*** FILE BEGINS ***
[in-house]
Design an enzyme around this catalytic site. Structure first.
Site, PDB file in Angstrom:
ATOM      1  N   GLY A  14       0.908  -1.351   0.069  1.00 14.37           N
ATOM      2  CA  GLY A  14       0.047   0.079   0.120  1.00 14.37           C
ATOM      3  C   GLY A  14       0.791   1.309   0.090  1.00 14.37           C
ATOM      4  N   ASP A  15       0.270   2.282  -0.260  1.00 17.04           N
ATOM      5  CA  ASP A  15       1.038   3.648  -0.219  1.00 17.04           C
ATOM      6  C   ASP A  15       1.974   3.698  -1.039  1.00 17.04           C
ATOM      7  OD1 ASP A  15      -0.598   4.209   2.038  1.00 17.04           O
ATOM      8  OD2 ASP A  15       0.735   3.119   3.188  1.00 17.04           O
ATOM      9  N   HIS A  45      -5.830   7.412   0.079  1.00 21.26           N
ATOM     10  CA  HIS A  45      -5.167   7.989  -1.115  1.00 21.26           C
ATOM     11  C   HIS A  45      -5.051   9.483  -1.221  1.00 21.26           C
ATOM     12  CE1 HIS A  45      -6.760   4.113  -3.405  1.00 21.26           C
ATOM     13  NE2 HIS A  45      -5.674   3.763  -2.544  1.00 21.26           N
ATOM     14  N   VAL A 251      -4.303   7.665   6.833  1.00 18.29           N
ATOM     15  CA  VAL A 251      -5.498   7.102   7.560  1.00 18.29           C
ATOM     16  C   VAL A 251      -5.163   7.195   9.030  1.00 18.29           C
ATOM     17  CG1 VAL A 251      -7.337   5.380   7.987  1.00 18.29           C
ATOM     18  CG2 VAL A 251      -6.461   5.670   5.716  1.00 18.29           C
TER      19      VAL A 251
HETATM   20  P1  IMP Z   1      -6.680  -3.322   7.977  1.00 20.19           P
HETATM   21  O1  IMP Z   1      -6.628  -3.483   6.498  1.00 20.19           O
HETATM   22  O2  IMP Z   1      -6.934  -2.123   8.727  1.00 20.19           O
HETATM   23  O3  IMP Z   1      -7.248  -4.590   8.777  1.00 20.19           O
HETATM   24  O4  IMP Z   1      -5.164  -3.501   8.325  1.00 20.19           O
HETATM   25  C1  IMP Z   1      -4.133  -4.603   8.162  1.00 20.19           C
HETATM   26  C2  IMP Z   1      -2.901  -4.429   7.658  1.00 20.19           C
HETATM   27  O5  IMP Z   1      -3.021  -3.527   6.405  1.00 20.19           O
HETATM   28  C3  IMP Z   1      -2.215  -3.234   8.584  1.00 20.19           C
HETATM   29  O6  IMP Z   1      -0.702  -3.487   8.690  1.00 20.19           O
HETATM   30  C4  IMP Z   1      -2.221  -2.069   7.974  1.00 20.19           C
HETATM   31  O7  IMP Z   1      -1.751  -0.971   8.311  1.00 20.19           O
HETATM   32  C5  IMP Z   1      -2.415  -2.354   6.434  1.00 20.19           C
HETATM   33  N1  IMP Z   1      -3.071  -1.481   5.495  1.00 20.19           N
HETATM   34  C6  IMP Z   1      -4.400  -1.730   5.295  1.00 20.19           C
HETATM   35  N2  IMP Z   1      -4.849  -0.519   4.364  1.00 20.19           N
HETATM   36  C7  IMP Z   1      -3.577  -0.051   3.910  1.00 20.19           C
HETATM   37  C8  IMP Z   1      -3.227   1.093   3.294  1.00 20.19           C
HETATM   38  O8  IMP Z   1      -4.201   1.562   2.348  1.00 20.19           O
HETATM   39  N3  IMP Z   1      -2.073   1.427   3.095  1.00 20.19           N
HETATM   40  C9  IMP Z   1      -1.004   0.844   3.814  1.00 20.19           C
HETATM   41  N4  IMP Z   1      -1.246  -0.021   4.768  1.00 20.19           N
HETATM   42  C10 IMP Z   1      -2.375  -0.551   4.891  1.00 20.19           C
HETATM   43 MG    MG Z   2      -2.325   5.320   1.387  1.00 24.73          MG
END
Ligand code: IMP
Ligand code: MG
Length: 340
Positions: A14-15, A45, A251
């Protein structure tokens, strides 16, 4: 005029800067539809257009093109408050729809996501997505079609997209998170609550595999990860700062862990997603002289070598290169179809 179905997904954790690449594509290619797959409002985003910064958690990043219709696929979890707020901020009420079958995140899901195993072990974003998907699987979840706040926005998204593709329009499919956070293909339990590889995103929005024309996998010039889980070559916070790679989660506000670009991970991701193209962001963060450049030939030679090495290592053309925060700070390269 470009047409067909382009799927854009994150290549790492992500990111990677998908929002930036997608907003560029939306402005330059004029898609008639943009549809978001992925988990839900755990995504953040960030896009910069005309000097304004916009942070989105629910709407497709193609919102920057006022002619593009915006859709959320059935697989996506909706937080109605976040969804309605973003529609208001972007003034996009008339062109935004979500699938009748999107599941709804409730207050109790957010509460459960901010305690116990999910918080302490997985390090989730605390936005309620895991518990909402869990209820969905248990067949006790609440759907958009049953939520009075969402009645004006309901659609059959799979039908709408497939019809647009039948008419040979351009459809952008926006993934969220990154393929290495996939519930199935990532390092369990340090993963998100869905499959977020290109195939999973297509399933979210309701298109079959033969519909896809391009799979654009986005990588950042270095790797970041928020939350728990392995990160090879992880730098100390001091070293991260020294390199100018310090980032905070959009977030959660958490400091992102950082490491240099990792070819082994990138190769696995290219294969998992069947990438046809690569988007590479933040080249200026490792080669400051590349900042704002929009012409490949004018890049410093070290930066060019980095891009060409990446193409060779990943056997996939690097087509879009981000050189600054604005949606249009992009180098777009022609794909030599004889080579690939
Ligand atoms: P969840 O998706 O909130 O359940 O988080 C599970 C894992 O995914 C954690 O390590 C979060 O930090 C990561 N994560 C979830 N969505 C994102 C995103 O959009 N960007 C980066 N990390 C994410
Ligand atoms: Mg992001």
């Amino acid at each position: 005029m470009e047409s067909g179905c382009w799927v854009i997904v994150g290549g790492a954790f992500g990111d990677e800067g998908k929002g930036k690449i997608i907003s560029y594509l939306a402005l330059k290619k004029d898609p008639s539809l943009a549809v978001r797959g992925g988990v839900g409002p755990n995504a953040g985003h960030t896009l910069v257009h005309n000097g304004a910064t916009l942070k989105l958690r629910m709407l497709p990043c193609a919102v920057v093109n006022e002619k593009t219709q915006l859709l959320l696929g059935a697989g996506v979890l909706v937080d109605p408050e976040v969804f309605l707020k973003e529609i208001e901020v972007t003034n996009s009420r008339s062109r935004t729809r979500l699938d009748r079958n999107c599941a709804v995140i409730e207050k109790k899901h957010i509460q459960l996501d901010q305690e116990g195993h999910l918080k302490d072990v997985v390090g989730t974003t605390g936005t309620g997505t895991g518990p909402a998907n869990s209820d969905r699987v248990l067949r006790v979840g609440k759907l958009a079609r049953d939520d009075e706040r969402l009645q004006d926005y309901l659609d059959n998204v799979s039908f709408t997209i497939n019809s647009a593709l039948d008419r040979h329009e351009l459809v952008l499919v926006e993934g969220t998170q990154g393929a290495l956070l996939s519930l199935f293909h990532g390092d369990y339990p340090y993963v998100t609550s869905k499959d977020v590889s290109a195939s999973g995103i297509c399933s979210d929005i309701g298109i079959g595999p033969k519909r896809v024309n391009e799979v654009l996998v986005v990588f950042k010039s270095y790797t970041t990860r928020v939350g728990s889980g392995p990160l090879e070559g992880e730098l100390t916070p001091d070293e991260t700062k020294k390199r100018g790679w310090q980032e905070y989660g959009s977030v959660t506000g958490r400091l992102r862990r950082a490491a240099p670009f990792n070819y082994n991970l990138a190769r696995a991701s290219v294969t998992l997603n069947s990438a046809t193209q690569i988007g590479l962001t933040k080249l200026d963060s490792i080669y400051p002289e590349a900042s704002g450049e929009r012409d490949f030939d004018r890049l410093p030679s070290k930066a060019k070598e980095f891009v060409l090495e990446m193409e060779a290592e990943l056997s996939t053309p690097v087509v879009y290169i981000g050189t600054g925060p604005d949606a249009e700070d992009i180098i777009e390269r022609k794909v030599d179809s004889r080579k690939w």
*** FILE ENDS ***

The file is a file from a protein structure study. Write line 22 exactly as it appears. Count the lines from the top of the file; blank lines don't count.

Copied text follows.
TER      19      VAL A 251